When is it time to forgive?

When is it time to forgive?

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Kevin Hart’s refusal to apologize for anti-LGBTQ tweets and jokes years ago cost him a job hosting the Oscars. The furor continues, with commentaries and opinion pieces demanding Hart apologize. The cycle of build-up-tear-down-rehabilitate celebrities is not complete without the requisite tearful atonement. Then, chastised celebrity disappears for a period of time and re-emerges to rebuild his/her damaged brand.

Meanwhile, on Wednesday, the co-host of MSNBC’s show “Morning Joe,” Mika Brzezinski, asked rhetorically whether Secretary of State and former CIA Director Mike Pompeo is a “wannabe dictator’s butt boy.” Within minutes, Brzezinski was barraged on Twitter for homophobic language. She apologized on Twitter for a “SUPER BAD choice of words.”

Couple of things to note here: When left-wing celebrities behave badly, the mainstream media, backed by the social-media mobs, pounces. Hart broke the rules by not apologizing and then not apologizing for not apologizing. That keeps the frenzy going; but what if Hart, in his refusal to apologize, is simply opting out of the cycle that forces progressive celebrities to do some variation of a social-media perp walk in which they accept their flogging with an apology?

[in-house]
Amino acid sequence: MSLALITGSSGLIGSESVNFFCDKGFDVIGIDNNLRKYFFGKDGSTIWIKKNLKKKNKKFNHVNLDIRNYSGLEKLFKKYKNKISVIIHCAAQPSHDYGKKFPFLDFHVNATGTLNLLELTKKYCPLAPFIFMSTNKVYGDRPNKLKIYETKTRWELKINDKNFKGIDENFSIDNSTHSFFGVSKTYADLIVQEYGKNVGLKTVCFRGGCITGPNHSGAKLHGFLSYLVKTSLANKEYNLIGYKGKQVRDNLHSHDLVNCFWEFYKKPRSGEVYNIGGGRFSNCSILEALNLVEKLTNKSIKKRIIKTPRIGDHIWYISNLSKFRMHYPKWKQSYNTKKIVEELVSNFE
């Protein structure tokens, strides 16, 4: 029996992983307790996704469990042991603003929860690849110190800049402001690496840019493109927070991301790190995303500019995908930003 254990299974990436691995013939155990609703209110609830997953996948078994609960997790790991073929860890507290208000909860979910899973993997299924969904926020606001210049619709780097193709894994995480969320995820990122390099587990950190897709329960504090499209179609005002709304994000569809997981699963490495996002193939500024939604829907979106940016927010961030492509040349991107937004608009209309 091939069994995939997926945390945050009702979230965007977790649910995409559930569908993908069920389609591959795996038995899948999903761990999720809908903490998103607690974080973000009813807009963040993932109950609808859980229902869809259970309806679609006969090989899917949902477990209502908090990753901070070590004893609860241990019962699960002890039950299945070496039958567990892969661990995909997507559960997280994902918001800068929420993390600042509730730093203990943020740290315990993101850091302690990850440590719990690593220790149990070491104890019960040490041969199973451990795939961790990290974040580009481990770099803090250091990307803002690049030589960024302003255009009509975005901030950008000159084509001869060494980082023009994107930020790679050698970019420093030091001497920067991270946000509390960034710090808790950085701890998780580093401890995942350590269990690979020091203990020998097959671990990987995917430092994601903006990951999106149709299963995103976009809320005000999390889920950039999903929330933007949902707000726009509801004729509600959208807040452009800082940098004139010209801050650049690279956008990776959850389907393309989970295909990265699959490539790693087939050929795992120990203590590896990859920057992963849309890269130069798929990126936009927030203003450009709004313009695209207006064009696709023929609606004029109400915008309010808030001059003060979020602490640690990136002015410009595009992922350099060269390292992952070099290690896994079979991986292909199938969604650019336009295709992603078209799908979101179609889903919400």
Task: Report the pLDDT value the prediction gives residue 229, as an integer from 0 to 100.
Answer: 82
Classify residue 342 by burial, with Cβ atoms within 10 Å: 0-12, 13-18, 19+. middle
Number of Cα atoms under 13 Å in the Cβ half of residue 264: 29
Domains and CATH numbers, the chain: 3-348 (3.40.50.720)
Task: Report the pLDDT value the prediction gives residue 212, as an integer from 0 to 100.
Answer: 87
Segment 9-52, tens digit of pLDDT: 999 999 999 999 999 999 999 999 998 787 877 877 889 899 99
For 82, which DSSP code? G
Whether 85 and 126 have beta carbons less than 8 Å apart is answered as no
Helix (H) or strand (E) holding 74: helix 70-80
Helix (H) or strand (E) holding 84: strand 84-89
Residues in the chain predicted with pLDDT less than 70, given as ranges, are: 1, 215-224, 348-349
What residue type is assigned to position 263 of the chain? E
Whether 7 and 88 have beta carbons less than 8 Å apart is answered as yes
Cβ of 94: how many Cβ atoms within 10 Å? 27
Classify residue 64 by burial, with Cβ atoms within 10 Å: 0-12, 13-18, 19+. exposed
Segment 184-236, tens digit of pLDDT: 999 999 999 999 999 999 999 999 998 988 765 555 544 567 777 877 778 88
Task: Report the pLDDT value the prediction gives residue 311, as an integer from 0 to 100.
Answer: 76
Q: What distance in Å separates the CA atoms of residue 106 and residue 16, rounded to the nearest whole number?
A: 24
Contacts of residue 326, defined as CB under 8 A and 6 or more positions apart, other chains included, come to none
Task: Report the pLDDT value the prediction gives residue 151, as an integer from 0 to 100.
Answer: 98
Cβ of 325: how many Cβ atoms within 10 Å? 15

Beyond that — is he no longer a homophobe if he apologizes? Is he a homophobe if he doesn’t?

While Hart’s words, some dating back more than 10 years, are picked apart, we are forgetting the other world we live in — one in which a churlish reality-television personality leads the most powerful country in the world, and does it badly.

As Americans, we are subjected to — on a daily basis — verbal assaults on refugees, immigrants, LGBTQ people, women, minorities, poor people, the uninsured and more. Chances are if you are reading this, you are in one these categories. But the assault is more than verbal — policies are put in place every single day to punish those categories of people for the temerity to exist. The subsequent uproar doesn’t even come close to that over Kevin Hart’s homophobic tweets from 2011.

It’s time to ask, when so much energy is spent tearing celebrities down, what really matters? 


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